In today’s hyperactive, overstimulated world, the speed and force of changes are the enemy. When moving at a measured pace in either giving or depriving someone of something, we create a very different reaction than when we do these things with very high speed and force.

For example, one can get a wild horse to accept a rider if it's done very slowly. However, if this is done too fast, the horse won’t accept the change.

The COVID-19 pandemic serves as another real-life example. For many of us, our work life experience changed very rapidly when we packed up and began working from home virtually for the indefinite future. The speed and force of that transition created upset for many individuals.

Leading With Science

Change has long been recognized as one aspect of human behavior that creates complex challenges for individuals in all walks of life, not just in the workplace. Change management is a specialized discipline that blends business acumen with applied philosophy, psychology, emotional intelligence, neuroscience and behavioral economics. It’s a scientific approach that can help with finding answers that can ease transitions and overcome anxieties that often are at the root of resistance to change.

One key insight from the discipline zeros in on how the speed of talk or action can impact the effectiveness of change programs. This is especially true when folks are saturated or fed up.

All of us are chained to some degree to upsets that have occurred in the past. We may have never understood or acknowledged why we felt so upset about changes in situations affecting family, friends, co-workers or other groups. But these experiences accumulate, creating mindsets that reduce willingness to change and prevent change implementation.

Change management is a discipline that, when applied effectively, can help with all of this. As a profession, we use understanding gained from the body of knowledge accumulated through research and other scientific techniques to encourage people and businesses to change their ways of working. We can help influence people and organizations in gaining clarity into how our spheres of influence may be at the root of our reactions to and perceptions about change.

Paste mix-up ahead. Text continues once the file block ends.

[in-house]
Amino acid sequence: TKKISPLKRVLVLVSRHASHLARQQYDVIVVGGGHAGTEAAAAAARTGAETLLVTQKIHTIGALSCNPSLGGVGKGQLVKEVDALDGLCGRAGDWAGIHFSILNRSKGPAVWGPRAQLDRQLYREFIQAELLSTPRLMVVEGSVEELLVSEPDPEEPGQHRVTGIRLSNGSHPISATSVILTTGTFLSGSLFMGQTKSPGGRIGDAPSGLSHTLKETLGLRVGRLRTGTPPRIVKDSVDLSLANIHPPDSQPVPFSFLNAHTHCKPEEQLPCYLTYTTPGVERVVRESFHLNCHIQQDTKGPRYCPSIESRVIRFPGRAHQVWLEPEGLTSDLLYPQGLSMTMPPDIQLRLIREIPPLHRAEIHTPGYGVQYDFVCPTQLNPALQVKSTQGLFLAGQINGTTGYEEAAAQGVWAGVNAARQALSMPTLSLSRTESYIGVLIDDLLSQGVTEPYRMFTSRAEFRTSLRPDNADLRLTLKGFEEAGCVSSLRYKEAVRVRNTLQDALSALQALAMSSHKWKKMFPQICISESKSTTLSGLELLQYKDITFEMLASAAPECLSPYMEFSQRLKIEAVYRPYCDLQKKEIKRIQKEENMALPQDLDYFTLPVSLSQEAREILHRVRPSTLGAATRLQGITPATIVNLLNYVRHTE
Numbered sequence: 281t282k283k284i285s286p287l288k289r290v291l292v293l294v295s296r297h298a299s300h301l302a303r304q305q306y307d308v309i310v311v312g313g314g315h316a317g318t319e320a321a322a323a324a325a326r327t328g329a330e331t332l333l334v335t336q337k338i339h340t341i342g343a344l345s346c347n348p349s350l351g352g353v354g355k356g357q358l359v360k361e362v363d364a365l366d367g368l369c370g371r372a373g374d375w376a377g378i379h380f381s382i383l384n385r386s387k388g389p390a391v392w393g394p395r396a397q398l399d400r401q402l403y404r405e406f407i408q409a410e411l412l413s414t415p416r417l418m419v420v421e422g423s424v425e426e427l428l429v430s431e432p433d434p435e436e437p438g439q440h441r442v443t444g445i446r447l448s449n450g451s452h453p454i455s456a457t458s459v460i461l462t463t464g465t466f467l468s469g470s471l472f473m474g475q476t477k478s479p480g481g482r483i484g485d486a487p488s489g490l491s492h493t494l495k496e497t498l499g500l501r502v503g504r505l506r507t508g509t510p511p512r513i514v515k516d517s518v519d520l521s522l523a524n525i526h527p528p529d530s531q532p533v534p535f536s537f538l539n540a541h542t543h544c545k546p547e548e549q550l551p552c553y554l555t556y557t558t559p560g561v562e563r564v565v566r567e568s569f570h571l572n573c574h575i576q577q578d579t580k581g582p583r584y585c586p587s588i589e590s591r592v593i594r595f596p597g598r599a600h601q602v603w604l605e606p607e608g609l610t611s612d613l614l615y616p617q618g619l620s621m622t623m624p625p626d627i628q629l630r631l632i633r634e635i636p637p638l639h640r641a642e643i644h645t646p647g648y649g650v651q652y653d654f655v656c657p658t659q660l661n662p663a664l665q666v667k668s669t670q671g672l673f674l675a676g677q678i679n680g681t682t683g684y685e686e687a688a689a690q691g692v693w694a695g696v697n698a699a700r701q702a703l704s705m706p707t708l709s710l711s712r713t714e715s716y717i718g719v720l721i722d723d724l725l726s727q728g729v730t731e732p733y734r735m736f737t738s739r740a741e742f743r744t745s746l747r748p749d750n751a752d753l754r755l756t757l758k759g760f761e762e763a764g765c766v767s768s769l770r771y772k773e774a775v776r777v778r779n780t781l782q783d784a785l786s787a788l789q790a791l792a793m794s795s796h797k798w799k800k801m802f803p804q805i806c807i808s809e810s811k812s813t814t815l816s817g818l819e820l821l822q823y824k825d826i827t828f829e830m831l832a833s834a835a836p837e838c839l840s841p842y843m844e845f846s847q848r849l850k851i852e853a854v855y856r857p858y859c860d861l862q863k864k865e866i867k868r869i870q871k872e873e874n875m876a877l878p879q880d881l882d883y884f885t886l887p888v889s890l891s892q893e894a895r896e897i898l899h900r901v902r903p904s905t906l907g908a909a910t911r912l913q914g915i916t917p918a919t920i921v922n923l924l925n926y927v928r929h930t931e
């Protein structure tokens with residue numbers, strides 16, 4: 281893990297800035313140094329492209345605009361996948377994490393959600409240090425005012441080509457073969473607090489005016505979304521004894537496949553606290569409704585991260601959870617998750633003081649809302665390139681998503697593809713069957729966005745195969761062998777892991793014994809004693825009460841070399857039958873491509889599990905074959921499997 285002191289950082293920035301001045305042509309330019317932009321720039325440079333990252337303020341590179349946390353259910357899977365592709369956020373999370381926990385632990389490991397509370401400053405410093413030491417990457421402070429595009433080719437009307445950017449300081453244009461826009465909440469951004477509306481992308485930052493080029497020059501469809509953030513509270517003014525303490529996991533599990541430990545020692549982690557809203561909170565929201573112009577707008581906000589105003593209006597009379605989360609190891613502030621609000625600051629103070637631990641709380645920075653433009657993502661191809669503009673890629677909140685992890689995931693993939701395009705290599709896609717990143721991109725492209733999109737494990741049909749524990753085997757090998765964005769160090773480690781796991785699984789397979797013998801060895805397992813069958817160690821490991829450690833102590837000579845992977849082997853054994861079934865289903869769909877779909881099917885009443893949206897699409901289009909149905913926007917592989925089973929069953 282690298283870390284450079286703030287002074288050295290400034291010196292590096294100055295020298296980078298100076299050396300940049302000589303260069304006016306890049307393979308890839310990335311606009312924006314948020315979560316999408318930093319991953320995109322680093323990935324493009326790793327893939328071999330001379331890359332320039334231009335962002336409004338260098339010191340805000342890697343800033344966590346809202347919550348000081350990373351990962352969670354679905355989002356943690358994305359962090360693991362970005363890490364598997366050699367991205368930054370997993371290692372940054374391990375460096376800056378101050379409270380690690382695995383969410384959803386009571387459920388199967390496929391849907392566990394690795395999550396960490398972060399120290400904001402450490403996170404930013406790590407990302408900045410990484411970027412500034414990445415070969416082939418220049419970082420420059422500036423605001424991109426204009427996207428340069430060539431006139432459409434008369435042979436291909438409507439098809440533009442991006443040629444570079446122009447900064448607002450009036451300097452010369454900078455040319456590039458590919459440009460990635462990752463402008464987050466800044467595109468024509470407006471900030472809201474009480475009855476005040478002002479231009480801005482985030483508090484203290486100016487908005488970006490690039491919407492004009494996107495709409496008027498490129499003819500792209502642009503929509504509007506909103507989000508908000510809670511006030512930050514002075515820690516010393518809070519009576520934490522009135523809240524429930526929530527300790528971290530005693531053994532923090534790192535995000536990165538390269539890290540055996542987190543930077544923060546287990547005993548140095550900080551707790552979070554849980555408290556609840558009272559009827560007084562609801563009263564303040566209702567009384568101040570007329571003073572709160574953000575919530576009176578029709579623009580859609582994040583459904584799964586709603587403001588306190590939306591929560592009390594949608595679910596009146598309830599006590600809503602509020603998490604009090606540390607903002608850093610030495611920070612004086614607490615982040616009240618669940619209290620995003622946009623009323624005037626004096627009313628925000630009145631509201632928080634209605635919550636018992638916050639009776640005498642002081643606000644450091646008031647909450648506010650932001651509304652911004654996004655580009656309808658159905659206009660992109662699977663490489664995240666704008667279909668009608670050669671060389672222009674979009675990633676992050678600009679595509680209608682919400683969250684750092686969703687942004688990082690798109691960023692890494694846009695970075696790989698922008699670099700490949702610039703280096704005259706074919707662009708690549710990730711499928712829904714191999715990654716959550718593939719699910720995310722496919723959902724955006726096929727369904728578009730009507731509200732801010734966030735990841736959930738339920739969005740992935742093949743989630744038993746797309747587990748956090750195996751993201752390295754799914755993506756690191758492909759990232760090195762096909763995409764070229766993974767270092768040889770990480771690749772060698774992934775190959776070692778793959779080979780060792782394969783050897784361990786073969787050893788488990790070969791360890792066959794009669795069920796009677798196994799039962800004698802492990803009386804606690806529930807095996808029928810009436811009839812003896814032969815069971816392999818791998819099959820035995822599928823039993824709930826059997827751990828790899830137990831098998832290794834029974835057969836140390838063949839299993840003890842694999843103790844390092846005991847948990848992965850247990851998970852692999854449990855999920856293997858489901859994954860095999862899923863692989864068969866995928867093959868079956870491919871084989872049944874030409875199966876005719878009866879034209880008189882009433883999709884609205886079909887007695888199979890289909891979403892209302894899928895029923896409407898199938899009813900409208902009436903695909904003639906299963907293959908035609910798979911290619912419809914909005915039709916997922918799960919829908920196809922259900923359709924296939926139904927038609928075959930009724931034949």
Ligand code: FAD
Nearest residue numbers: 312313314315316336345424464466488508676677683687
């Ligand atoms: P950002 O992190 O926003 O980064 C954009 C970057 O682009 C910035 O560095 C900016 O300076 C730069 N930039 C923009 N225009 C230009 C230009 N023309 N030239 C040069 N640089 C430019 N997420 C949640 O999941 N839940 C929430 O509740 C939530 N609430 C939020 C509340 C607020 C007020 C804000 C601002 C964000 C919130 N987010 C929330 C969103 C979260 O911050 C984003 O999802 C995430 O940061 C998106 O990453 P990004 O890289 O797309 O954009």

This is a complex role. In addition to developing and serving as guardians of the change approach, we must create capacity and the capability for change at every level in the organization.

This often involves recognizing the importance of balance between the need for change and the need to keep the business on track — conducting “business as usual.”

One large client is currently saturated to the point that work doesn’t happen outside virtual meetings. Calendars are fully booked with people scheduled in back-to-back virtual meetings. How is any new project that produces change in the operation going to actually get done?

Most organizations recognize that change is required for continuous improvement. However, the speed of those improvements — or change — can be an important factor. The fact is change is an ongoing and normal part of the business landscape. The primary factor causing the most upset really is how fast change is coming, along with how much we are being asked to absorb at once.

Strategies for Success

When introducing or discussing change programs, it is best to clearly identify what hasn’t changed.

The media in all its forms can saturate folks with all that has changed and is likely to continue changing. A useful exercise is to take a few minutes, look around and take stock of what hasn’t changed for ourselves. Look at your car, job, hair, house, coffee, computer or pets.

Recent changes may be more jarring and dramatic, but if we put all of them in proper perspective — perhaps looking at what is not changing — we may be in better position to navigate our way. Isolating those elements that are changing makes them seem more manageable. Let’s work with this concept when putting together communications and strategies.

As many of us begin heading back into the office, this may be especially helpful to keep in mind when developing and implementing strategies for yourself or others as the pandemic wanes.


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This is the second in a four-part series examining change management and its effects. Check out our other topics:

Dana Houston Jackson is the lead principal change adviser at 1898 & Co., part of Burns & McDonnell. A straight shooter and advocate of new thinking, Dana prides herself in simplifying the complex in a “box-poking,” 25-year career in organizational development and change management. Some of her clients include energy, utility, technology, manufacturing and construction companies, government and academia, and nonprofits.